[blindkid] Use of the SVGDraw01 drawing program in STEM courses
dandrews at visi.com
Mon Sep 19 03:01:41 UTC 2011
>From: Richard Baldwin <baldwin at dickbaldwin.com>
>Date: Sat, 17 Sep 2011 16:29:46 -0500
>To: BlindMath Mailing List <blindmath at nfbnet.org>
>Subject: [Blindmath] Use of the SVGDraw01 drawing program in STEM courses
>This message is intended mainly for teachers of blind or visually impaired
>students in STEM courses. Of course, this is a public forum and everyone is
>welcome to read the message and provide comments as appropriate.
>Having been the sighted teacher of a blind student for several years, I
>firmly believe that making it possible for blind and visually impaired
>people, and particularly blind and visually impaired students in STEM
>courses, to communicate using accurate printed and tactile graphics will
>improve the quality of life and the likelihood of academic success for those
>I have written a computer program that makes it possible, for the first time
>in history, for blind and visually impaired people to create such graphics
>in an accessible and user-friendly way.
>Version 0.0.8 of my drawing program for blind students is now posted and
>available for free and immediate download at:
>Three components are necessary to accomplish the goal of widespread graphics
>communication among blind and visually impaired students and their teachers:
> - Availability of a robust and universally accepted graphics standard.
> - Availability of a robust, accessible, and user-friendly drawing program
> that allows blind people to take advantage of the SVG standard.
> - Availability of high-quality, economical, and readily available
> graphics embossing equipment.
>A robust graphics standard - SVG
>A robust and universally accepted graphics standard is already available in
>the form of Scalable Vector Graphics (SVG). See Scalable Vector Graphics
>(SVG) 1.1 (Second Edition) <http://www.w3.org/TR/SVG/>
>An accessible and user-friendly drawing program - SVGDraw01
>I have written and provided, free of charge, a drawing program that blind
>and visually impaired people can use to draw pictures. To the best of my
>knowledge, no other existing program provides that capability. (If such a
>program exists, it is a well-kept secret.) Thus, for the first time in
>history, your students can express themselves using graphics.
>While many drawing programs exist, they are written for use by sighted
>people and not for use by blind people. My program is designed and written
>specifically for use by blind and visually impaired people.
>Even though my program is still under development, it already provides the
>capability for STEM students to create graphics that mirror many of the
>figures and diagrams typically found in STEM textbooks.
>A graph board on steroids
>As a teacher of blind or visually impaired students, you might think of this
>program as bringing the old-fashioned graph board into the computer age.
>Students and others using this program can create both printed and tactile
>graphics using many of the same thought processes that they would use when
>constructing a "drawing" on a graph board using pushpins, rubber bands, a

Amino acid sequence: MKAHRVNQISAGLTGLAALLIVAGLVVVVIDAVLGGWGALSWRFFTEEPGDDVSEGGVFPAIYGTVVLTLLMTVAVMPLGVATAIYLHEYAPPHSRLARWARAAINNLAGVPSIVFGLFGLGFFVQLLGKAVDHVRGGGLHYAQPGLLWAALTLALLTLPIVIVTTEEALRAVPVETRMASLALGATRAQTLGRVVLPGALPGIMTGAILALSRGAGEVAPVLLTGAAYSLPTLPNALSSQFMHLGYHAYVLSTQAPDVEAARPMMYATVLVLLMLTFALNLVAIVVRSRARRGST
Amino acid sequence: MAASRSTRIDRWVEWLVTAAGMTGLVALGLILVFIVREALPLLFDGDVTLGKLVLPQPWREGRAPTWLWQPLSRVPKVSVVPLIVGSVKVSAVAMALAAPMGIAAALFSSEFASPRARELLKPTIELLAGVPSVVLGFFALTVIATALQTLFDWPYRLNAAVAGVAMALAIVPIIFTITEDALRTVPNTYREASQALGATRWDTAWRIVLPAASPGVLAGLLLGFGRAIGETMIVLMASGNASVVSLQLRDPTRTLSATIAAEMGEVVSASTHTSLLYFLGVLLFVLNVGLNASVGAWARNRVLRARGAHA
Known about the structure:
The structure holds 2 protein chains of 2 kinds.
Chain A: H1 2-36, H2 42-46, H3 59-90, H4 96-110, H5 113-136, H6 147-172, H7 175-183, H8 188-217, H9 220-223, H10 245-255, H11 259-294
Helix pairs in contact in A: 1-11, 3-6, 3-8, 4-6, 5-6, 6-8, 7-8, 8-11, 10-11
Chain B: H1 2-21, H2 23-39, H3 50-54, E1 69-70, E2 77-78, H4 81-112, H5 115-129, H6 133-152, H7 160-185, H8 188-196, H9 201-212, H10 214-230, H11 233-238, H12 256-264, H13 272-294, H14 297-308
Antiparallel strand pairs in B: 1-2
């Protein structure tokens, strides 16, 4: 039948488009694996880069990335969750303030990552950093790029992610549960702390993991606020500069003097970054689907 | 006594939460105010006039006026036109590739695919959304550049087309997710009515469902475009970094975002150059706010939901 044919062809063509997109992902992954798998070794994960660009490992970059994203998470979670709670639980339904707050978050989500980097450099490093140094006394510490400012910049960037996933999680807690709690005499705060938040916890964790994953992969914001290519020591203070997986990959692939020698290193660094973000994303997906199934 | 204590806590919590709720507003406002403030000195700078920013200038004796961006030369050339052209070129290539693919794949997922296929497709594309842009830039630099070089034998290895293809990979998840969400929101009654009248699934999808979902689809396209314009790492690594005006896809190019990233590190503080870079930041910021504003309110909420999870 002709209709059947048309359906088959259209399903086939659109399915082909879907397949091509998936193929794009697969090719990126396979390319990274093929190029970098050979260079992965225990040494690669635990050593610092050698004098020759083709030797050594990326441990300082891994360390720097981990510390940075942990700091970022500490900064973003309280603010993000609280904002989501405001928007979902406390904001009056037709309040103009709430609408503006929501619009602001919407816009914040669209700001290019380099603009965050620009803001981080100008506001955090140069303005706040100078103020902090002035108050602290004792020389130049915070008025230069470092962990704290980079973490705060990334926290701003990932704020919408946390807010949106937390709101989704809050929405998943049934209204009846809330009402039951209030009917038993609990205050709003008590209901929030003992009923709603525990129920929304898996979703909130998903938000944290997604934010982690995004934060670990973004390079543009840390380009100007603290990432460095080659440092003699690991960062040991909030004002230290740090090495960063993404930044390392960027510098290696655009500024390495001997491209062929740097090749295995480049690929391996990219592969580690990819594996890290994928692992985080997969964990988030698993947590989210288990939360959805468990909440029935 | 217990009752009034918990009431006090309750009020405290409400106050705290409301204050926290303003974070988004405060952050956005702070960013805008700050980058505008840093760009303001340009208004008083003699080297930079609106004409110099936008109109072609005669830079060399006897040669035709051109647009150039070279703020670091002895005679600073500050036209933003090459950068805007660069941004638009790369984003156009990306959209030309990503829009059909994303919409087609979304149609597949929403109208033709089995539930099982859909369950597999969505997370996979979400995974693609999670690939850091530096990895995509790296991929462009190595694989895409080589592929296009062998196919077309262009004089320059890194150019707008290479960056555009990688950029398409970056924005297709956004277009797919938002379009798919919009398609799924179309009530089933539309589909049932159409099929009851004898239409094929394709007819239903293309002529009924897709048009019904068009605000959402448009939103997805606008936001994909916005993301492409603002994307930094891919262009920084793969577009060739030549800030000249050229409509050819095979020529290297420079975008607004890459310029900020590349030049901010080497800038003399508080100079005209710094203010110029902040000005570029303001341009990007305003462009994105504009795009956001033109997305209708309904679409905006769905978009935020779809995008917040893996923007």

>protractor, and a measuring stick.
>For example, one student might use this program to create and send an SVG
>file to a friend with the message "Take a look at the cool floor plan of my
>Another student might use this program to create and send an SVG file to a
>college professor with the message "This is a free body diagram showing the
>magnitude and directions of forces F21 and F23 caused by the interactions
>among charges q1, q2, and q3."
>Getting an immediate visual output
>I will be adding new capabilities over time. However, I probably won't add
>capabilities that would not be useful to blind and visually impaired users.
>For example, the program does not, by default, produce an immediate visual
>output. The primary output is intended to be a printer, a graphics embosser,
>or both. But, if you are sighted, or if you are blind and using the vOICe
>sonification software to view the progress of your drawing, you can use a
>procedure described in the attached file to view your drawing as it
> High-quality, economical, and readily-available graphics embossing
>This is the area where we fall short relative to achieving our widespread
>graphics communications goal. Although high-quality embossing equipment is
>available in the marketplace, it is not economical (by computer standards)
>nor is it readily available for the personal use of most blind students.
>I view this as a supply and demand problem. Prior to the release of my
>program, there were no robust, accessible, and user-friendly tools that made
>it possible for blind people to create accurate graphics for use with a
>high-quality embosser. Thus, the demand for such embossing equipment has
>been very limited. My hope is that by making it possible for all blind
>people to create accurate graphics, the demand for such embossing equipment
>will go up and the costs for the equipment will come down.
>Even today, however, many schools, colleges, and other organizations own
>high-quality graphics embossing equipment that they can make available to
>their blind and visually impaired clientele on some basis. In those cases,
>there is no reason for blind people to hold back from learning to
>communicate using graphics.
>My drawing program is freely available for you and your students to use. As
>a teacher, it is up to you to connect your blind and visually impaired
>students to those available hardware embossing resources.
>The attached HTML file is the User-Instruction file for my drawing program
>Professor of Computer Information Technology
>Austin Community College
>baldwin at austincc.edu
>Content-Type: text/html; charset=US-ASCII; name="Instructions.htm"
>Content-Disposition: attachment; filename="Instructions.htm"
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